Samarkand, Uzbekistan

Photo: Ekrem Canli (Own work) [CC BY-SA 3.0 (http://creativecommons.org/licenses/by-sa/3.0)], via Wikimedia Commons
Photo: Ekrem Canli (Own work) [CC BY-SA 3.0 (http://creativecommons.org/licenses/by-sa/3.0)%5D, via Wikimedia Commons

At this point, you’ve been lucky enough to see a lot of the world. You’ve driven across the United States, ridden trains around Europe, and backpacked Down Under. You’ve traveled along Africa’s coasts and through its national parks. Then you started tackling Asia. You visited Southeast Asia, East Asia, and even the Middle East. But there’s still a gap on your travel map. A huge gap. You haven’t explored Central Asia yet.

Central Asia is a vast region. It stretches from Russia to Afghanistan, China to the Caspian Sea. Once part of the Soviet Union, the area broke into five countries when the state was dissolved. It’s yet to find its way onto most people’s travel wish lists.

But that doesn’t mean there aren’t fascinating places that should be part of an itinerary. Samarkand, for example, is one of the oldest inhabited—and once the greatest—cities in Central Asia. After being founded between the 8-7th centuries BC, the Stone Fort was conquered by everyone from Alexander the Great, Genghis Khan, and the Timurids to the Iranians and the Turks due to its important location along the Silk Road. Today, the city is an Islamic scholar center and a UNESCO World Heritage Site.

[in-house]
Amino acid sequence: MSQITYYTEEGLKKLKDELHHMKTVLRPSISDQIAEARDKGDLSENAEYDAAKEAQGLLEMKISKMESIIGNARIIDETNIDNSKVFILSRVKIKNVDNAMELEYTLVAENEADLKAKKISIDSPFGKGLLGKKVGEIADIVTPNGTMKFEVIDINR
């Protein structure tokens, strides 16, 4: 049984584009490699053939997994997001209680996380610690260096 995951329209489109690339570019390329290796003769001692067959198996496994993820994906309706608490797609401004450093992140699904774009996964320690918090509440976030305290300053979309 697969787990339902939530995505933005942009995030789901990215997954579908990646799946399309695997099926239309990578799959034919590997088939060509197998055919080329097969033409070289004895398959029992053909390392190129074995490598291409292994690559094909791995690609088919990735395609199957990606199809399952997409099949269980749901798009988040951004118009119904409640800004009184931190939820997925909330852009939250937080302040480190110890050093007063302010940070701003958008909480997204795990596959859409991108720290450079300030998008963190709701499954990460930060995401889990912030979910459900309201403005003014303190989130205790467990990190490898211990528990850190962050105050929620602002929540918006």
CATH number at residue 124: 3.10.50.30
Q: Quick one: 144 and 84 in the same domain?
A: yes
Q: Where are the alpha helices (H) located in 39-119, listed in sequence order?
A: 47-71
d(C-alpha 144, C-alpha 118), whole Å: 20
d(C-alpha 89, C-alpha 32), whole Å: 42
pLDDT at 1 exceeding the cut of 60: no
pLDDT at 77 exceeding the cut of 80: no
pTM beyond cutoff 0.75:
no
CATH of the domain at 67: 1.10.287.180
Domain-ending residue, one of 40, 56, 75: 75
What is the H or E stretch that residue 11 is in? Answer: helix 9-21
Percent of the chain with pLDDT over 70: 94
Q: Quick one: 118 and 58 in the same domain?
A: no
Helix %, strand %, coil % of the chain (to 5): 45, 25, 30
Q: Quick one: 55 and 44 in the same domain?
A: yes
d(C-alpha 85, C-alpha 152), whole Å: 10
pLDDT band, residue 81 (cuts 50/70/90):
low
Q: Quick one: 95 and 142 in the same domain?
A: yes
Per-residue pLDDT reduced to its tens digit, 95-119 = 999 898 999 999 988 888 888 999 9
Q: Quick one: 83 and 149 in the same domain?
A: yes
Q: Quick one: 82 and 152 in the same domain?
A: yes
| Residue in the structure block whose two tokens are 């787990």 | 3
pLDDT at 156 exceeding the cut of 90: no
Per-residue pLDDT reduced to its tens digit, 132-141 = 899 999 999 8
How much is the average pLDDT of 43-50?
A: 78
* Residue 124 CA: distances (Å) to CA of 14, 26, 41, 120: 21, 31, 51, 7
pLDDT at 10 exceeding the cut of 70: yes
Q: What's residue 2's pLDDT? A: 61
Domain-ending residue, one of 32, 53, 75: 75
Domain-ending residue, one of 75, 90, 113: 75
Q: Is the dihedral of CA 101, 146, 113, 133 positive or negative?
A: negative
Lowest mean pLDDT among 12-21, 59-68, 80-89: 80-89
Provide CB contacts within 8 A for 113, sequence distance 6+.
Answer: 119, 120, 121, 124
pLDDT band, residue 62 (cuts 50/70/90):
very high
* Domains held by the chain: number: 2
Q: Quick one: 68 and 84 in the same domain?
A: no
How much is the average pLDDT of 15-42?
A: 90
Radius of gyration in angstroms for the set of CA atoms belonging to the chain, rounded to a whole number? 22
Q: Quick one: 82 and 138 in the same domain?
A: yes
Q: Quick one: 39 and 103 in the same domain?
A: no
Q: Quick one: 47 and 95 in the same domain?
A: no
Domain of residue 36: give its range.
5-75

Your tour of Samarkand would start with the historical sites, of course. Registan Square was the center of the ancient city where royal decrees and, sometimes, public executions were held. The huge open space is now surrounded by three madrasas (Islamic schools) and beautiful azure mosaics. Nearby, you’ll find the remnants and the modern replica of the Bibi-Khanym Mosque, which was one of the largest and most opulent mosques in the world in the 15th century. The azure-domed Gur-e-Amir Mausoleum houses the tomb of Emperor Tamerlane. Plus more ancient tombs are found at the Shah-i-Zinda Necropolis. While no trip to Samarkand would be complete without visiting the Siyob Bazaar, where you’d eat Samarkand naan, browse silk weavings and gold embroideries, and see ceramic engravings and wood carvings. You may have found your entrée into Central Asia.

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